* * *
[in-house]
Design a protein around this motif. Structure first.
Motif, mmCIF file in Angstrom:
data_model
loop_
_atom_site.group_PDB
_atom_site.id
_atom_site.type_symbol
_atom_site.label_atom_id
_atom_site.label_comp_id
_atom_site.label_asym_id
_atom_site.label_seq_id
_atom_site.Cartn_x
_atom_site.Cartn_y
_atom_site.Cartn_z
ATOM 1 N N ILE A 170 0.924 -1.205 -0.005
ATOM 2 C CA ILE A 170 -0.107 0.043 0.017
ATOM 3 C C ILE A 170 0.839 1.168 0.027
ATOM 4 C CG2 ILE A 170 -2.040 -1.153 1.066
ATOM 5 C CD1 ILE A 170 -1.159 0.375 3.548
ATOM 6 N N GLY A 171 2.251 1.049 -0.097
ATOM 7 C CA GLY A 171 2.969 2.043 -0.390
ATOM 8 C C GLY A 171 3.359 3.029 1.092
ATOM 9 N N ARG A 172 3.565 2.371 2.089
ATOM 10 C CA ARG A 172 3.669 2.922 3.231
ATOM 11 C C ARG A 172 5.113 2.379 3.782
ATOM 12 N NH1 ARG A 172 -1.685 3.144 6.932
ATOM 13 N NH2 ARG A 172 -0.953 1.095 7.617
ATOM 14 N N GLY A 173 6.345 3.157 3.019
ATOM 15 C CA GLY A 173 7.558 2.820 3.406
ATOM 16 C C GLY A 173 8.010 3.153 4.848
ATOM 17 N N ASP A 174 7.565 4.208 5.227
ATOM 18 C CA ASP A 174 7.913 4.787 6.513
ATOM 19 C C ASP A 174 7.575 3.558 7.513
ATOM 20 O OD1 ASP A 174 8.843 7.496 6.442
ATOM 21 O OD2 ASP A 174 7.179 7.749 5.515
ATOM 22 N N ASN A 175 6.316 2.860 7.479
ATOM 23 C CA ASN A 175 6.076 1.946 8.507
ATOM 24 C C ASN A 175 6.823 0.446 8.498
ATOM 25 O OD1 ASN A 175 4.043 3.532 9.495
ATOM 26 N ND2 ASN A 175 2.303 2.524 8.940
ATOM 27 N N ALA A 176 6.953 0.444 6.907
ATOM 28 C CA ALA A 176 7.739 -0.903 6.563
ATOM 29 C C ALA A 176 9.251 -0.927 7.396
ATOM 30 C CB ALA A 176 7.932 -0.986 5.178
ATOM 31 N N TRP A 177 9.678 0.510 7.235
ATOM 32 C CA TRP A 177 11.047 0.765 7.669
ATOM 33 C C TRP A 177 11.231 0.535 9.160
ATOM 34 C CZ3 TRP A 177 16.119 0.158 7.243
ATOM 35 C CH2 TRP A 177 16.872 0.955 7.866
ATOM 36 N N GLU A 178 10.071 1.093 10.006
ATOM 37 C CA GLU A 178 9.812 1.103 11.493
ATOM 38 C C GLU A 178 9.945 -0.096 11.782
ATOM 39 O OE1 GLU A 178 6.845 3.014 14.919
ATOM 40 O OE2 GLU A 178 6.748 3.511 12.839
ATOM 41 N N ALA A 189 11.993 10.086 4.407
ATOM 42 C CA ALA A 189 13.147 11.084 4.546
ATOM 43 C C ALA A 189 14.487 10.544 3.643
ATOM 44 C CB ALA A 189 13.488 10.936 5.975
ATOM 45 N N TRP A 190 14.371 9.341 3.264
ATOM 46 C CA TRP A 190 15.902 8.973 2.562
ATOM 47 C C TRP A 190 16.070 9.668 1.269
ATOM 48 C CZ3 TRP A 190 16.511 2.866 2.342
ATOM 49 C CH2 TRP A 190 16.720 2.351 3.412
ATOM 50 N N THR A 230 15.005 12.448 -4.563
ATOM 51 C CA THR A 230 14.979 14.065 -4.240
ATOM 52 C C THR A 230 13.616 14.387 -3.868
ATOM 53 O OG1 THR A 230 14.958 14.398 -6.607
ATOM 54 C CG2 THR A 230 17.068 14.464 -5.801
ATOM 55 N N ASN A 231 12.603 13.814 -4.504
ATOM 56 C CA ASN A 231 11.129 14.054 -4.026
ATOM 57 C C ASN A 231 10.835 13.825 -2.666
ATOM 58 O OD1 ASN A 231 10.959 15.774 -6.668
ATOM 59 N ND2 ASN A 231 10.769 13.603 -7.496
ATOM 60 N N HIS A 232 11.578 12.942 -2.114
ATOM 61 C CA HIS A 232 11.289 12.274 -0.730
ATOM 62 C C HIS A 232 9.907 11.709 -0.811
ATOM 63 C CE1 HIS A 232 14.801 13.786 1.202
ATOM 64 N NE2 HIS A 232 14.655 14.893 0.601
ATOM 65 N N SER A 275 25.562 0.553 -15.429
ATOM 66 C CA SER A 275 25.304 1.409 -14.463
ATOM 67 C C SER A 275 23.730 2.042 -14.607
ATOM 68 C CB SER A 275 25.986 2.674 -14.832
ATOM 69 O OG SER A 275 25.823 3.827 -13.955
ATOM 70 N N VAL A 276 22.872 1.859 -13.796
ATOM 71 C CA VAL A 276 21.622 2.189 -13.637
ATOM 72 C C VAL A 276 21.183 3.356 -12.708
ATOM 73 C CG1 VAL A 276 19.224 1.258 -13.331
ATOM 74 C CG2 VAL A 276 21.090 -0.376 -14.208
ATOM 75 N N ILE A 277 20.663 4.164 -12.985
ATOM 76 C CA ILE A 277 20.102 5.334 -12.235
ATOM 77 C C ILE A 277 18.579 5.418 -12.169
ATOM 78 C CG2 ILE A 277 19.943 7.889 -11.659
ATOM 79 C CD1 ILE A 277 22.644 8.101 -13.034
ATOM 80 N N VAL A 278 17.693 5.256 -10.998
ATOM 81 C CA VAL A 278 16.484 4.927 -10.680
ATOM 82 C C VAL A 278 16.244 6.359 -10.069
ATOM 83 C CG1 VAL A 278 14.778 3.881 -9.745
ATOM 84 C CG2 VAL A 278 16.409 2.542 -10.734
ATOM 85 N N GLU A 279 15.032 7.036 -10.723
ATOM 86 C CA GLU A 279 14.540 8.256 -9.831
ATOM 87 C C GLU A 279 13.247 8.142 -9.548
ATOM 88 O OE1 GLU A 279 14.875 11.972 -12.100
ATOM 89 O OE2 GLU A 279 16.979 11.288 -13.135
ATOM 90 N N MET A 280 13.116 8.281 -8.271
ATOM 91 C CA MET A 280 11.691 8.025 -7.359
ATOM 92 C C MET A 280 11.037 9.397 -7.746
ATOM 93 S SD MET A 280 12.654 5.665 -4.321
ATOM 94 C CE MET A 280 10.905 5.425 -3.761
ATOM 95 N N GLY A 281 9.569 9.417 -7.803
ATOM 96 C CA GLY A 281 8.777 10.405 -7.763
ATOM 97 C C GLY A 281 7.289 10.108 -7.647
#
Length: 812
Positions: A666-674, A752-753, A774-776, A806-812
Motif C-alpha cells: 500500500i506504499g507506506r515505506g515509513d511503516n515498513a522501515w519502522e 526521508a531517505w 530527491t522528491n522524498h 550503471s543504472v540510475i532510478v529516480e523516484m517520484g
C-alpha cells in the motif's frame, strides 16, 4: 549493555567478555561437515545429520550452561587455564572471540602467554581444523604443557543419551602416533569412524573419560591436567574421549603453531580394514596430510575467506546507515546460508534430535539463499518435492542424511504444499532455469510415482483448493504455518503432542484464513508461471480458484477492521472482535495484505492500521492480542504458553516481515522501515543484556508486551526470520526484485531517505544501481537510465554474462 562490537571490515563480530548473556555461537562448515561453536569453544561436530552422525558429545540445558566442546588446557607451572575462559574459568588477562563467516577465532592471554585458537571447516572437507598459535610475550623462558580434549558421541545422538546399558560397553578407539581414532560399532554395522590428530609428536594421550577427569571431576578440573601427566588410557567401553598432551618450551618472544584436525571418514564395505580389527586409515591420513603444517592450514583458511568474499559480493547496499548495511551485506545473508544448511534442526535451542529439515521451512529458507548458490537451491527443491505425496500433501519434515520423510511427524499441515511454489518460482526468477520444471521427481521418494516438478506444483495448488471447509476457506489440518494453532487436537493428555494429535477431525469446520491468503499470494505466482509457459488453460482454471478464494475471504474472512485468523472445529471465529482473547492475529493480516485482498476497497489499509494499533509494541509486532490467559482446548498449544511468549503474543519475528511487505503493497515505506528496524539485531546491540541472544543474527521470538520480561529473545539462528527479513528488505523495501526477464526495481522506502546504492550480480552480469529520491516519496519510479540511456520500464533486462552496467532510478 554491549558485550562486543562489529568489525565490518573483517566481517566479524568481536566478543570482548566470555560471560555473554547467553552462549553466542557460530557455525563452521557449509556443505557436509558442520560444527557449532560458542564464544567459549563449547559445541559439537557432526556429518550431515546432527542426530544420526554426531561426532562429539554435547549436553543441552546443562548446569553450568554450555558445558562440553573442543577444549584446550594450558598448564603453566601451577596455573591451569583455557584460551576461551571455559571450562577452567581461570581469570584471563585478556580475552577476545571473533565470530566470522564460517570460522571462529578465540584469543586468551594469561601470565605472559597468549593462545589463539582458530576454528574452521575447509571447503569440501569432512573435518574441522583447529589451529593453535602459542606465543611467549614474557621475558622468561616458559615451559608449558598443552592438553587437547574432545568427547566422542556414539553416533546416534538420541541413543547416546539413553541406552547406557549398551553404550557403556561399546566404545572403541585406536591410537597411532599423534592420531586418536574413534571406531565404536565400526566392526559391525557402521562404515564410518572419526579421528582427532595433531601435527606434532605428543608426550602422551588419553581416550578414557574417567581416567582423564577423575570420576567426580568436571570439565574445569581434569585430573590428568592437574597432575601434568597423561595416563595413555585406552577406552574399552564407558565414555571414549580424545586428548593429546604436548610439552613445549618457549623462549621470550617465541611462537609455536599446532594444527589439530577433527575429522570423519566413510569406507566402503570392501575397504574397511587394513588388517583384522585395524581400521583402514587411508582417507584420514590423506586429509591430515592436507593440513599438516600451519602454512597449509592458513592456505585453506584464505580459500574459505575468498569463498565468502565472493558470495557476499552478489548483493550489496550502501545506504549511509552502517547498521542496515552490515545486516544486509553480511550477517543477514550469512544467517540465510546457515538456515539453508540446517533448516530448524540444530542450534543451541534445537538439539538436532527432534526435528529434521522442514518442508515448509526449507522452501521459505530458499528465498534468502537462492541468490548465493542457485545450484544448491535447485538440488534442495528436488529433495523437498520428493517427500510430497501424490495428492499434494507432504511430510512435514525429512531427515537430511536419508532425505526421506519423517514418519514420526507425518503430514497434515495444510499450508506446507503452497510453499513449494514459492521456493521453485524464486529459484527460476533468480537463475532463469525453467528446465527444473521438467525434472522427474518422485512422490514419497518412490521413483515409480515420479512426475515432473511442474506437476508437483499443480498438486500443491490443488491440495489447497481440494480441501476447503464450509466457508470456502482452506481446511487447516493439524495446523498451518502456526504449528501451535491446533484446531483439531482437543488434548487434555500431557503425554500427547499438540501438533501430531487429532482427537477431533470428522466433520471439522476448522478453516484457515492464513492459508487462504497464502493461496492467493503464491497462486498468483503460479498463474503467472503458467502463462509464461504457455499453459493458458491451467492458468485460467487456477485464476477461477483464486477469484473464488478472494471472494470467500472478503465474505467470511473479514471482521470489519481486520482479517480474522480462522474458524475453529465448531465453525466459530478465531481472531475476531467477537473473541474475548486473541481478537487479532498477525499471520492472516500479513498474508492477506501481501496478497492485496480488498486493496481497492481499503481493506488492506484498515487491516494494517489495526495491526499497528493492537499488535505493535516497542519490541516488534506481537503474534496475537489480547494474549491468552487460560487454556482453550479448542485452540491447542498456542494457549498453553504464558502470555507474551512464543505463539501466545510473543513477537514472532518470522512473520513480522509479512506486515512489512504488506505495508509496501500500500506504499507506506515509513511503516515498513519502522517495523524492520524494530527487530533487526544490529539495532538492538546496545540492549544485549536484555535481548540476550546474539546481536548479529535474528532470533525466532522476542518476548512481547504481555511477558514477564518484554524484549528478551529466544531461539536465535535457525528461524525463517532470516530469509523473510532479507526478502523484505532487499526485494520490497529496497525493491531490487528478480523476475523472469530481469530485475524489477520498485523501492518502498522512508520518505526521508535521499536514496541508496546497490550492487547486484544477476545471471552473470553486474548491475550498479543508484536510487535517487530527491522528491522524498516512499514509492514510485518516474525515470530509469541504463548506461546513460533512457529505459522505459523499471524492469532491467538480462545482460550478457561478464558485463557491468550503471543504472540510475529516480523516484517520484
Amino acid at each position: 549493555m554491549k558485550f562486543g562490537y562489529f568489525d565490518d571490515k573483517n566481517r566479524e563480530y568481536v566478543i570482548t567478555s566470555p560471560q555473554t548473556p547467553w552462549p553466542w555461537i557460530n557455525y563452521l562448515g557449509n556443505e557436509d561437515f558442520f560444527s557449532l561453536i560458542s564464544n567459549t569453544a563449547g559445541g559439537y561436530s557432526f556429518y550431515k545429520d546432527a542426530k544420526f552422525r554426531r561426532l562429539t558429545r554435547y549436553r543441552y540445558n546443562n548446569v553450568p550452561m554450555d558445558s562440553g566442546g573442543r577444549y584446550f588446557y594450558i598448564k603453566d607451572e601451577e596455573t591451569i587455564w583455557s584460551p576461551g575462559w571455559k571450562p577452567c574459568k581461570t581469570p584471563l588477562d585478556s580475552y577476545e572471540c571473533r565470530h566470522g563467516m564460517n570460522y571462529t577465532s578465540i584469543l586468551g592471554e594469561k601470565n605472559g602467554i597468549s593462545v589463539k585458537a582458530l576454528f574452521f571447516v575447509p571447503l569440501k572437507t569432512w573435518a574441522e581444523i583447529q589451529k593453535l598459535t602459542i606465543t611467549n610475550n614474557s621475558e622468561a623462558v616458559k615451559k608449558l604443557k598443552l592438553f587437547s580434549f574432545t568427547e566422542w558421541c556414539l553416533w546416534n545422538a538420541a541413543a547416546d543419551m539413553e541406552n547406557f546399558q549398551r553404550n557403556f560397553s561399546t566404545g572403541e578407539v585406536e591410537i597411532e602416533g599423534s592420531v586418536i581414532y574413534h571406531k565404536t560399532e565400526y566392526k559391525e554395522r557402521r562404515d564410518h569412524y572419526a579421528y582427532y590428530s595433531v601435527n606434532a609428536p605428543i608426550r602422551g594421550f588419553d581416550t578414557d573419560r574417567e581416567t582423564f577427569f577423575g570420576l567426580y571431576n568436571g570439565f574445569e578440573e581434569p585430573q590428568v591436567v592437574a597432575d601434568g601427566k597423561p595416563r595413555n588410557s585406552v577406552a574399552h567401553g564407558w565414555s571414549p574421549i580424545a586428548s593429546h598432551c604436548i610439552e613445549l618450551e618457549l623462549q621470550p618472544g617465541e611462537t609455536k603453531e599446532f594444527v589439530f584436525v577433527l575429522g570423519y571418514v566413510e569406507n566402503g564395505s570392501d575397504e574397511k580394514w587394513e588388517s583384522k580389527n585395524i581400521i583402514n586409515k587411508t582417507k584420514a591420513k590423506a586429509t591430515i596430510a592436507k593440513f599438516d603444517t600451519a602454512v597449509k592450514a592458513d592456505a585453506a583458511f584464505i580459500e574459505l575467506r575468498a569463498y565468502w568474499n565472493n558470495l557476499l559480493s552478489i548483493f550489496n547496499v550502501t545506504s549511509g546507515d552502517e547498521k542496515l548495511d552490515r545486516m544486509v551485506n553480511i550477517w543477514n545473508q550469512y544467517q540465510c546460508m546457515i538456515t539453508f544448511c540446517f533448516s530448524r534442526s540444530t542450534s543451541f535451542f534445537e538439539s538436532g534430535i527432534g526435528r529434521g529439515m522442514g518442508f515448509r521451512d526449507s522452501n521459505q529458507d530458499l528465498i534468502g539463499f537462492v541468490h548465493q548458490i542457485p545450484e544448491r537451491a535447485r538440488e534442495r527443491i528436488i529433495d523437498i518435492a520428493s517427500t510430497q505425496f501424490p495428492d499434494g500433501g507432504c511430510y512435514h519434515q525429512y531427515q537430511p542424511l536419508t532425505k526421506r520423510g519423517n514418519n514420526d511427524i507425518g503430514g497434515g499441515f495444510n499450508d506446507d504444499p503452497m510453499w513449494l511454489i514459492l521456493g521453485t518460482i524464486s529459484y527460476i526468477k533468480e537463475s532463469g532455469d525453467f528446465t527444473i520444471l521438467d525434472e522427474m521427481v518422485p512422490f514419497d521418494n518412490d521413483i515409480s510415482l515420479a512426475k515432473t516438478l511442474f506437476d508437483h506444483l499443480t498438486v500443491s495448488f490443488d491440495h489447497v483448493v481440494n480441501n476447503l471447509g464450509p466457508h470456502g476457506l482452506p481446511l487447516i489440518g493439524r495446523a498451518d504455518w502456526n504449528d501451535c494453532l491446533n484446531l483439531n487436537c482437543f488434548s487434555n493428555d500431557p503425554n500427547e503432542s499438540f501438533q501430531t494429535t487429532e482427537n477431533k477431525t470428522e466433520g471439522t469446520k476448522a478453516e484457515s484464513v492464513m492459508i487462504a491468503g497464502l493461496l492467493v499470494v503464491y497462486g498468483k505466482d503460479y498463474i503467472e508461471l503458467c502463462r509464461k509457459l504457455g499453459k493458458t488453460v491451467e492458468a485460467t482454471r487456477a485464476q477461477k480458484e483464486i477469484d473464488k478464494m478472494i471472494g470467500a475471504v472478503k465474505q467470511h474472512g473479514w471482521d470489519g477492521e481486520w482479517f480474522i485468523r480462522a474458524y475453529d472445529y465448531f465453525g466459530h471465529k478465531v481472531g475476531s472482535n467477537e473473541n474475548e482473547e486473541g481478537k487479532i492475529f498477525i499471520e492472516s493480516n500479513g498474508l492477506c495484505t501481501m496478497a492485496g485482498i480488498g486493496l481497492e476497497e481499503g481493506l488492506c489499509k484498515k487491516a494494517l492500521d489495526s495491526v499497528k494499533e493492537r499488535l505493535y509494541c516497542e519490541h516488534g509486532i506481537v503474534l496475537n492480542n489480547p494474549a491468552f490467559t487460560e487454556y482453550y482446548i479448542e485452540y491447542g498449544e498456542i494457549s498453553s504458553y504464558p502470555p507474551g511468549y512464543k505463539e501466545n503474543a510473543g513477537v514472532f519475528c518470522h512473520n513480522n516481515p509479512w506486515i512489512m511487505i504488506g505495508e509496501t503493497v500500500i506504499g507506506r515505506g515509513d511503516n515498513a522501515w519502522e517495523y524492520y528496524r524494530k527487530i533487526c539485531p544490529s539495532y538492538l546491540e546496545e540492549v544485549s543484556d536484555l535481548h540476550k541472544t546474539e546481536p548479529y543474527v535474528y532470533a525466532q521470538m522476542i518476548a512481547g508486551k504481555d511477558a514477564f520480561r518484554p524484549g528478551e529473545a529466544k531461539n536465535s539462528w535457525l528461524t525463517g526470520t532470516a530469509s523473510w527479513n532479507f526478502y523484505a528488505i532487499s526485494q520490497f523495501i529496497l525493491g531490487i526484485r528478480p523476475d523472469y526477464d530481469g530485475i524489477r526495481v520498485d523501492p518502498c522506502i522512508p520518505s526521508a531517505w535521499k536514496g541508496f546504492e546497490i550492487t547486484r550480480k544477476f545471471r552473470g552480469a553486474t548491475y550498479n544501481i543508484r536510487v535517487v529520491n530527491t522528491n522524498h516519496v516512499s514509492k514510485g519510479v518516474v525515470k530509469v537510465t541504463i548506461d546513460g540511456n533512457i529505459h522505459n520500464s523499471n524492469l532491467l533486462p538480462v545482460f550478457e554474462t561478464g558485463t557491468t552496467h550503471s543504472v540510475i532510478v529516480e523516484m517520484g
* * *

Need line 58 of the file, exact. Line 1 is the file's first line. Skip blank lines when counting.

ATOM 43 C C ALA A 189 14.487 10.544 3.643